The Traitor Josh Brown is still the best placekicker the Seahawks have ever drafted, and Ruben Rodriguez gets punting duties basically by default. Charlie Rogers and Bobbie Joe Edmonds were the most versatile/effective kick/punt returners Seattle's ever seen, and Fredd Young had absolute murder in his heart covering kicks for the Hawks in the mid-80s.
What do you think, sirs? Any glaring omissions? Let's hash it out in the comments!
April 15, 2015
In the spring of 2006, the Seahawks were coming off a harrowing defeat in Super Bowl XL and I was going through some major life changes. My son was born that April, and I was getting ready to leave Columbus for a 1-year teaching gig in rural Ohio. Even though Seattle fell two wins shy of a Super Bowl return trip, the 2006 team is one of my favorite squads the franchise has ever fielded. They are somewhat unfairly remembered as simply capitalizing on one of the most gargantuan mistakes in post-season history- But to me they were absolutely heroic. No team in franchise history delivered as many thrilling finishes as the '06ers, and they came much closer to a 2nd consecutive NFC Championship than most remember. Beyond that, they were one of the few handholds I had for hanging onto some sort of sanity through a sleep-deprived year in the Wilderness of Northeast Ohio.
The offseason began with the Steve Hutchinson debacle, and when the Vikings' front office expertly outmaneuvered Tim Ruskell, Seattle was left with a gaping hole in their offensive line. The Hawks retaliated against Minnesota by using a similar clause in a contract offer to WR Nate Burleson, but the damage was done. The unit that cleared the way for Shaun Alexander's MVP performance of 2005 was irrevocably weakened. On defense, the major offseason acquisition was former All-Pro linebacker Julian Peterson. Expectations were dizzying as the Hawks started the campaign where the 2005 season died: At Ford Field in Detroit. The game itself was a snoozeworthy 9-6 affair, but it ended with a Josh Brown game-winning field goal as time expired, and I celebrated our 1-0 start with humility and dignity (not really):
The next week, Seattle would trade their 2007 first-round pick for former Super Bowl MVP wideout Deion Branch (No, PCJS didn't invent the Seattle tradition of trading 1st-rounders for what they hoped were game-changing receivers). They'd grind out a win over Arizona and hang on to beat the Giants after building a 35-3 lead to reach 3-0 going into a Sunday Night Football showdown at Soldier Field against Chicago. The 37-6 carpet-bombing the Seahawks absorbed seemed to confirm that they were no match for the Bears in the race for the NFC crown. The Hawks limped into the bye with a huge test looming in St. Louis against the still detestable Rams.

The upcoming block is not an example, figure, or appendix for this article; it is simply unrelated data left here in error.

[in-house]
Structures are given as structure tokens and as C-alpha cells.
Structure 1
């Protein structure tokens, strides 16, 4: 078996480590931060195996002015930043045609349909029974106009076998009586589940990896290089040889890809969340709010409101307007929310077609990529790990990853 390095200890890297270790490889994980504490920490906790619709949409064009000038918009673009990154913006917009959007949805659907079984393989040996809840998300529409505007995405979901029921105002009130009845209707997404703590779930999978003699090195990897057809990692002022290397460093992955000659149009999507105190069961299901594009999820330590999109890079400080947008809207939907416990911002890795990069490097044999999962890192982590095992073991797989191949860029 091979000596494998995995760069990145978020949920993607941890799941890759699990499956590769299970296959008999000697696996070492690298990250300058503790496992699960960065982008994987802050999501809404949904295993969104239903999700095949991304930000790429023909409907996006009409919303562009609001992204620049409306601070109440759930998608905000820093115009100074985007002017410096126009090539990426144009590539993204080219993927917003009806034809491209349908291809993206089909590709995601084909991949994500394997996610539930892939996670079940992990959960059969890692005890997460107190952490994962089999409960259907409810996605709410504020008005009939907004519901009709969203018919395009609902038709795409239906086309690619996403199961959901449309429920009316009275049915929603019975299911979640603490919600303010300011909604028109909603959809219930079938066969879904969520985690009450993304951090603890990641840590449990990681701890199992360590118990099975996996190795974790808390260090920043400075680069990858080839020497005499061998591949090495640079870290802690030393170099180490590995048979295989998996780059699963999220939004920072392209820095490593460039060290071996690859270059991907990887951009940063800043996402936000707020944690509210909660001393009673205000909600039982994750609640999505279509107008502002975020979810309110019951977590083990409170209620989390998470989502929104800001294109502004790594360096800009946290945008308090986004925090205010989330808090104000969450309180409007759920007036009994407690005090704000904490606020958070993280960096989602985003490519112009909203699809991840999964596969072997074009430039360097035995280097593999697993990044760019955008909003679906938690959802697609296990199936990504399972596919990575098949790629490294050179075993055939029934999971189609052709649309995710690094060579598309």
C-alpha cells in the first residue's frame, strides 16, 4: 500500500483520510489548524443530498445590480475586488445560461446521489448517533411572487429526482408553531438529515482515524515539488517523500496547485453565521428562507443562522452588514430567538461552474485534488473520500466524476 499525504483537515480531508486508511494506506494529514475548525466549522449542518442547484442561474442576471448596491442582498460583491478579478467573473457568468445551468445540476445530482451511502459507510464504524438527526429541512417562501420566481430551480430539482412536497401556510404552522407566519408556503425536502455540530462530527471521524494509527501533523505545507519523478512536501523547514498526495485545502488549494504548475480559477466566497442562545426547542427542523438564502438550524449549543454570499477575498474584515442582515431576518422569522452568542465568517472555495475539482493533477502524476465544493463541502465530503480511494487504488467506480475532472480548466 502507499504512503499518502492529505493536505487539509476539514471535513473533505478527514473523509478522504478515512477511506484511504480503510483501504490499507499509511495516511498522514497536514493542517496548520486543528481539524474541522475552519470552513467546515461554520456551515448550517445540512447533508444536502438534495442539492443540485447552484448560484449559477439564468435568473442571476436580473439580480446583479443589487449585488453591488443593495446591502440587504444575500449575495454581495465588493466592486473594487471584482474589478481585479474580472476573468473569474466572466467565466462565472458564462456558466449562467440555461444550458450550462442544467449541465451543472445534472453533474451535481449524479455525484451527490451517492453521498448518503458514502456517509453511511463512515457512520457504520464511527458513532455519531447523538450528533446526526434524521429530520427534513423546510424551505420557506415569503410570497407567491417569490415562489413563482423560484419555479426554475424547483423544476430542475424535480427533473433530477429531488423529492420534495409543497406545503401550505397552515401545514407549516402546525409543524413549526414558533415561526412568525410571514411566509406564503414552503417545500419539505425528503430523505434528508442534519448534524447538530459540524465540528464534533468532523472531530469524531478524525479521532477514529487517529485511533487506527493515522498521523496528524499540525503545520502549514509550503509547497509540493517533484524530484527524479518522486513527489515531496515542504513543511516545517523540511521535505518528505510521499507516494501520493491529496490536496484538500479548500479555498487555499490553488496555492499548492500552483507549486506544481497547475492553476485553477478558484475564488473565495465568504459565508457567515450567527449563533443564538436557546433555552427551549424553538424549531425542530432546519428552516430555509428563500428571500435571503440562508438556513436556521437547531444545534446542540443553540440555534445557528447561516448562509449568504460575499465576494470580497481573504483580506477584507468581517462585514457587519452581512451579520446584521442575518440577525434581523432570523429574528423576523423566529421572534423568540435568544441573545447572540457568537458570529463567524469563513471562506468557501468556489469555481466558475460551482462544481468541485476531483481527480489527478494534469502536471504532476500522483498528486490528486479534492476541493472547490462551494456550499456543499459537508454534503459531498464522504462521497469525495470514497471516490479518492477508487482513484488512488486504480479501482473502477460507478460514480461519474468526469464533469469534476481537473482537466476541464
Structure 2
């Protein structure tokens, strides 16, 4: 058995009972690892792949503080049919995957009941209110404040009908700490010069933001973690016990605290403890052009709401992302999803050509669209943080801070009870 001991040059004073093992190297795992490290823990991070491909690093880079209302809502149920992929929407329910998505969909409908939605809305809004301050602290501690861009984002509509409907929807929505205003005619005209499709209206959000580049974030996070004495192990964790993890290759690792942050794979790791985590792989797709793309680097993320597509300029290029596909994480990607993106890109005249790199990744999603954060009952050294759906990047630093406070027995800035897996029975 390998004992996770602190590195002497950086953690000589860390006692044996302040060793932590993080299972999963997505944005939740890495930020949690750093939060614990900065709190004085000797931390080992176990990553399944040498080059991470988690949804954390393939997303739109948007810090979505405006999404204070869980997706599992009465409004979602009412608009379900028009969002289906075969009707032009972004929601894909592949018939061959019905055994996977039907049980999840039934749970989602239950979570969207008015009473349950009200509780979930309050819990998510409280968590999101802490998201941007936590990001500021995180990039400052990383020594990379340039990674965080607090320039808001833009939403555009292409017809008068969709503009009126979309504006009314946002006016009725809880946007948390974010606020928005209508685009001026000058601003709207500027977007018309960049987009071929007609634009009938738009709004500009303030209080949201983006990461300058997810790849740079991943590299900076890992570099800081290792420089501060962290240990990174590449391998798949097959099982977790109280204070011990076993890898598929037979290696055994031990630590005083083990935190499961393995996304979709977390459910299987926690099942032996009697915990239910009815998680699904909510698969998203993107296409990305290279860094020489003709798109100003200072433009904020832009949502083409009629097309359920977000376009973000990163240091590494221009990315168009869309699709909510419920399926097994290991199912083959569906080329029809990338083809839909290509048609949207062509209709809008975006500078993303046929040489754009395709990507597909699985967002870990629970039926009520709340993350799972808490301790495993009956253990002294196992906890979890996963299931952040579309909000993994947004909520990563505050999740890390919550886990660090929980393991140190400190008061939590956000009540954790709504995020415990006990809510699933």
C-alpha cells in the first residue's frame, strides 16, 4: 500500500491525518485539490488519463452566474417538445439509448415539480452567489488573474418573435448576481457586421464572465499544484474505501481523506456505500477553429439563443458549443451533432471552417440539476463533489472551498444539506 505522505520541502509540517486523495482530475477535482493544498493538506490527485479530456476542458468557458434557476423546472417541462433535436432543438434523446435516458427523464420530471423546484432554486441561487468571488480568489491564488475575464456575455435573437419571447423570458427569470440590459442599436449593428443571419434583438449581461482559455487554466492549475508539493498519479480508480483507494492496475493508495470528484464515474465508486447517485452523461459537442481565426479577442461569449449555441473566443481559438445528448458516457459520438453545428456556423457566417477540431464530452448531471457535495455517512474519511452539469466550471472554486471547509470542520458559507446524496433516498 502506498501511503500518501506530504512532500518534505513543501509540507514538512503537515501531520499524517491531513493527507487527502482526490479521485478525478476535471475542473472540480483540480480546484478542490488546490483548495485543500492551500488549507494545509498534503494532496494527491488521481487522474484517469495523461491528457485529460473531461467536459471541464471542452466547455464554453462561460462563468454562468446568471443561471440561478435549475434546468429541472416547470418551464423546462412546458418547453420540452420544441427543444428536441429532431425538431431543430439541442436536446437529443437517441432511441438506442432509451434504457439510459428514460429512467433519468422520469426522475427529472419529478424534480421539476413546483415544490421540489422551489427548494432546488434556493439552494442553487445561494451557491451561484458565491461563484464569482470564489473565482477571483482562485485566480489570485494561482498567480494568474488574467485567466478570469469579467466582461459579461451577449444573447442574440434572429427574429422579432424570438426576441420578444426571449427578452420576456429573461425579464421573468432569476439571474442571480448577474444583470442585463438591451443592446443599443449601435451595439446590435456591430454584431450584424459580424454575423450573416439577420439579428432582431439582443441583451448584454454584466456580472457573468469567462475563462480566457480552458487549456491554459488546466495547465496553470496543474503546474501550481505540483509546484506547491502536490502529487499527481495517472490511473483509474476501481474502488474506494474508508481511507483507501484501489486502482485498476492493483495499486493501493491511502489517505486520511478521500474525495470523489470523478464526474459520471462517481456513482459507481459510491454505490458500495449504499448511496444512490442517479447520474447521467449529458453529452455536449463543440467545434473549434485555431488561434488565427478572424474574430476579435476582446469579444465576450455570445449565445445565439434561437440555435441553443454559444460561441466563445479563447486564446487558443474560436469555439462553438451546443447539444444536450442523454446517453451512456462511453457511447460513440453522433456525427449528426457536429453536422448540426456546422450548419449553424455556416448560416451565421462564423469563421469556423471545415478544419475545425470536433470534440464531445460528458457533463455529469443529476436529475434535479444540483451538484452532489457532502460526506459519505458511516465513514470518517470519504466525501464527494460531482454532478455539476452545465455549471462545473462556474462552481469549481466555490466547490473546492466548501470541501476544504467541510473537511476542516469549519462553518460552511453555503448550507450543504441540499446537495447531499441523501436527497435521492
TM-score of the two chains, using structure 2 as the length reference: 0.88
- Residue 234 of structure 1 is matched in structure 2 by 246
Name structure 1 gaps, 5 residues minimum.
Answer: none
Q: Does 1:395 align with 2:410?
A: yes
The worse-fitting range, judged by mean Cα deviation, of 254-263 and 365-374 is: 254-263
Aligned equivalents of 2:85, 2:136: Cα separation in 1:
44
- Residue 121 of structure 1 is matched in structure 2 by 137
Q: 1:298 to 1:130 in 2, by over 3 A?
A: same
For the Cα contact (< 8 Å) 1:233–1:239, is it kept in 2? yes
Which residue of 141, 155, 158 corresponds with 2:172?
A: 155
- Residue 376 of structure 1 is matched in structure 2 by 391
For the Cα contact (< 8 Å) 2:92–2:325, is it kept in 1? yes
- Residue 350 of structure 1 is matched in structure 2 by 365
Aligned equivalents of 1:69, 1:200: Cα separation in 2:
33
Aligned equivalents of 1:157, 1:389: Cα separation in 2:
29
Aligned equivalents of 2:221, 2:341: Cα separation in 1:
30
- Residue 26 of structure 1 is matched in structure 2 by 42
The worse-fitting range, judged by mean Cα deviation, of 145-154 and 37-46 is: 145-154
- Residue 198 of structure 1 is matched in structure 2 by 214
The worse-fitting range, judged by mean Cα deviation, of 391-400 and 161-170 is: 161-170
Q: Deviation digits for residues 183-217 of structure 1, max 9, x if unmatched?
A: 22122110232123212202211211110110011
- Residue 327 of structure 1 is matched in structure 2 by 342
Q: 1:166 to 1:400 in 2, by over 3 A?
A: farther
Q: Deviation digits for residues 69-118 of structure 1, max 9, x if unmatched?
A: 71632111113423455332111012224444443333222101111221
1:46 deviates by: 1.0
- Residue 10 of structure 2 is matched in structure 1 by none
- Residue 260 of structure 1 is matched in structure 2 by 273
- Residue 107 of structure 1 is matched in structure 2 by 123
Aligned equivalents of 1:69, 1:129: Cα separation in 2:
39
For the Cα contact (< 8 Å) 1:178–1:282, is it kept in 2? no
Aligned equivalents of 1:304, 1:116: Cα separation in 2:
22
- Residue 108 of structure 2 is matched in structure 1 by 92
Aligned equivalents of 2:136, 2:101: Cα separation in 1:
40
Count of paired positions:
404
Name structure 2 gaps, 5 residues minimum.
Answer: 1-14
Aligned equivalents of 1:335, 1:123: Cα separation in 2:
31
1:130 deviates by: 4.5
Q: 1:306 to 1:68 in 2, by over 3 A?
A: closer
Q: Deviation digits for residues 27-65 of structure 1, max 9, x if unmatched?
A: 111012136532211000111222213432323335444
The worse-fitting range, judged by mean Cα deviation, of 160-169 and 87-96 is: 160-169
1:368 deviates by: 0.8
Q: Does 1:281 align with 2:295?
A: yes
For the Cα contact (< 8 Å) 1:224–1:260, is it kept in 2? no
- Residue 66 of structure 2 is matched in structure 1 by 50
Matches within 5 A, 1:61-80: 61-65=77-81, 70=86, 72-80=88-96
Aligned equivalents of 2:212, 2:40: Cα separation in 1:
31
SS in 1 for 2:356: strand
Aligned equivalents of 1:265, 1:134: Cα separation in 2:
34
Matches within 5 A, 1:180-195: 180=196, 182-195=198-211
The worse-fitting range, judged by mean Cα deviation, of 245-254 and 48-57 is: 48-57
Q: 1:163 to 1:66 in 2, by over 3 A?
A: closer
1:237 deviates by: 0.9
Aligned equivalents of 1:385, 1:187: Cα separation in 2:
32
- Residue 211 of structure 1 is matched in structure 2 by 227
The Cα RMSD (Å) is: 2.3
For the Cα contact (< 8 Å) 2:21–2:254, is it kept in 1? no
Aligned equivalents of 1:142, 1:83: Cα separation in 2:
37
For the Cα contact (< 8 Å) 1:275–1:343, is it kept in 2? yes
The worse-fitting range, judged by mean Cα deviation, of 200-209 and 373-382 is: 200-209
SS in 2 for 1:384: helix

That year my son, my ex-wife and I were exiled to a part of Ohio so remote that the nearest Target was a 30-minute drive away. How rustic was the setting? There were parking spaces for Amish horse-drawn buggies at the local Wal-Mart. On top of the standard travails of raising any newborn, my son had a serious medical condition: Hirschsprung Disease. His life was in danger during the first few weeks of his life, but thankfully the doctors at Nationwide Children's Hospital were able to figure out what was going on and perform corrective surgery before it was too late. In October, he endured a 2nd procedure, on top of my early efforts to indoctrinate him:
The mixture of caring for a child with major health issues and having to leave Columbus for a year took a toll on my ex-wife and I. It was also around this time that it was dawning on me that I was transgender, and that I would need to figure out how to address that realization. For me, the three hours I spent watching the Seahawks each week took on an added significance. I would forget everything else swirling around in my life and just lose myself in Twelvedom (though I did it quietly if the baby was sleeping).
The next in a procession of heart-stopping wins came on the road in St. Louis. The Hawks fought back from a 21-7 halftime deficit to take a late 27-21 lead. After a Mo Morris fumble deep in STL territory, Torry Holt made a ridiculous 80-yard TD catch that looked like the death blow. Down by a point, Matt Hasselbeck coolly marched the Hawks into Rams territory. An illegal procedure flag was misinterpreted by St. Louis Coach Scott Linehan as a foul that included a 10-second, game-ending clock runoff. That jabbering ninny was wrong, and jogged off the field slack-jawed after Josh Brown nailed the 54-yard game winner at the final gun to steal a 30-28 victory.